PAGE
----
Self-Defense When the Attacker Has a Weapon

There are several options for practicing self-defense when an attacker has a weapon.  Even though it can feel frightening to even think about facing this kind of situation, it is very important to have a plan.  Most important of all: Stay active so that you can think and strategize.
  • The primary strategy when dealing with an attacker with a weapon is to use verbal self-defense and negotiate with the attacker.  It is important to find out as soon as possible what the attacker wants from you.  It may be something that you can give up, or you might be able to negotiate and give up something you feel like you can part with, and the attack might end there.
  • CAE does not advocate fighting against a weapon, except as an absolute last resort.  We stress the difference between attacks against your person and your property.  We do not advocate fighting to protect property.  However, like everything in self-defense, you make your own decisions.
  • It’s a good idea to think ahead about what you’d give up, and what you wouldn’t.  For example, if an attacker has a gun and demands your money, what would you do?  And on to harder choices, involving sexual assault and other kinds of physical attacks.  Sometimes, you don’t have options or alternatives: an attacker may overpower you.  You may feel you have to do exactly what the attacker says because you fear for your life.  Remember: self-defense is anything you do to survive.  Cooperation (or submission) is not consent.  This means that even if you go along as a strategy to stay alive or avoid being injured it does not mean that you agreed.  You are choosing a strategy that seems best at the time, to try to make it out of the situation alive.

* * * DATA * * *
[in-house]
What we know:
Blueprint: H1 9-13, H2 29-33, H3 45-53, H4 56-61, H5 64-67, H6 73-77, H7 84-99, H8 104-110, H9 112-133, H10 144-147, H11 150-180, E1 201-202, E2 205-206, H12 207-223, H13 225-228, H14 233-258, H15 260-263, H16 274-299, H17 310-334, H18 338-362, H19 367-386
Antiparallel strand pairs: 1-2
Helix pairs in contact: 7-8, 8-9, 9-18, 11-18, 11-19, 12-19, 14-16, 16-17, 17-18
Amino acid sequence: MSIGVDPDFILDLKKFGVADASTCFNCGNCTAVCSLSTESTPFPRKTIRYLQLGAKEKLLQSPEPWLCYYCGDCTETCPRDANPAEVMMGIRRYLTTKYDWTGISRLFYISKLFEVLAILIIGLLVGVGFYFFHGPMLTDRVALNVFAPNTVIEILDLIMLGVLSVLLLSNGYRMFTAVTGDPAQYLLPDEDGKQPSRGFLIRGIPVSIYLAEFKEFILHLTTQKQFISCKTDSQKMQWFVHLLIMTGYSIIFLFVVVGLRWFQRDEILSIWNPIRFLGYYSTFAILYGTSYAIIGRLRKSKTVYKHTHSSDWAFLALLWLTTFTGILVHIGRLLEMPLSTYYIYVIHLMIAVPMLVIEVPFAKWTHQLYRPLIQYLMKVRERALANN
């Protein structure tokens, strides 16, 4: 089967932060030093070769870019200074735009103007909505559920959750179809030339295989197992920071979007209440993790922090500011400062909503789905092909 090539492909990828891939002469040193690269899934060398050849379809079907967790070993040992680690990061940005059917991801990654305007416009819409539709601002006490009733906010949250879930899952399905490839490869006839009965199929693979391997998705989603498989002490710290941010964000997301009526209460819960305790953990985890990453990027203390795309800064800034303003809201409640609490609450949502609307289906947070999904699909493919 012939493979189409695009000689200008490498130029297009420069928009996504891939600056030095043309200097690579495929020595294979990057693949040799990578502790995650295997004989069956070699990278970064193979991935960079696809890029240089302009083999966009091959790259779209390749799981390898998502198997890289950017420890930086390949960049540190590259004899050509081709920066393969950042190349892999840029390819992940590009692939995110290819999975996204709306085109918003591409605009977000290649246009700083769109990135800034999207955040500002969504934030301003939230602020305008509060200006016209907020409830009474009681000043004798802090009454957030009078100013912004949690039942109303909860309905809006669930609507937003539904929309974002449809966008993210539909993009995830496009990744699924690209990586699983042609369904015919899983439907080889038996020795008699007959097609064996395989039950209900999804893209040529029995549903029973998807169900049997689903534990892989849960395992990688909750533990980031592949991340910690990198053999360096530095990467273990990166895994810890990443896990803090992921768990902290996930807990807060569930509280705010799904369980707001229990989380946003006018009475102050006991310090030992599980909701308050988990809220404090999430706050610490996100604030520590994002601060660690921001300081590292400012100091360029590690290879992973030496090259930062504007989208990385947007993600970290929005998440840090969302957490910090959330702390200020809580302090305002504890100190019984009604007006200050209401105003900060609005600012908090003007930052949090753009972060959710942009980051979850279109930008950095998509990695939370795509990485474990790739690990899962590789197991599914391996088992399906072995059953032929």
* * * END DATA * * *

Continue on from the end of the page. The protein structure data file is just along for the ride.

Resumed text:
Many of the same principles that apply to defending yourself against an attacker without a weapon still apply:
  • Breathe.
  • Be aware of your environment:  Who is around you?  Is there anyone who may be of help?  Anyone who should be avoided?  Are there ways of getting away, or areas to avoid?
  • Think:  “What can I do?”
In addition, try to determine exactly what the weapon is (for example, is it a knife or is it a screwdriver?), and where it is.  If the weapon is not visible, there may be options, but generally trust your gut feeling about whether the attacker really has a weapon, and for maximum safety, trust that the attacker has what they say.
  • Breathe.
  • Think.
  • Talk:  For example, “What do you want?”  Also, talk to make yourself a person, a human being, and to try to have some human contact.  People have asked questions about the attacker’s family or interests, or kept chatting about whatever enters their minds.  Others have made conversation about unrelated topics to divert attention.  It’s useful to practice this form of verbal self-defense.
  • Negotiate:  For example, “I’ll do anything you want, but I’m not getting in that car,”  “I’ll do what you want, just put the knife down.” (You’re under no obligation to stick to any statement you make, or keep a promise.)
Other verbal strategies include:
  • Distraction:  “What’s that noise?”
  • Assertive refusal: “No, I won’t go up to the roof.”
  • Going along:  Again, cooperation does not mean consent; it’s a survival strategy.
  • Wait for or create a moment to strike or escape.  Situations change from moment to moment.  Try to be alert for opportunities that may come up.
  • Don’t make sudden movements unless you have decided to physically resist.  It’s best not to have your back to the attacker, so you might say, “I’m going to turn around,” to let the attacker know that you’re going to move.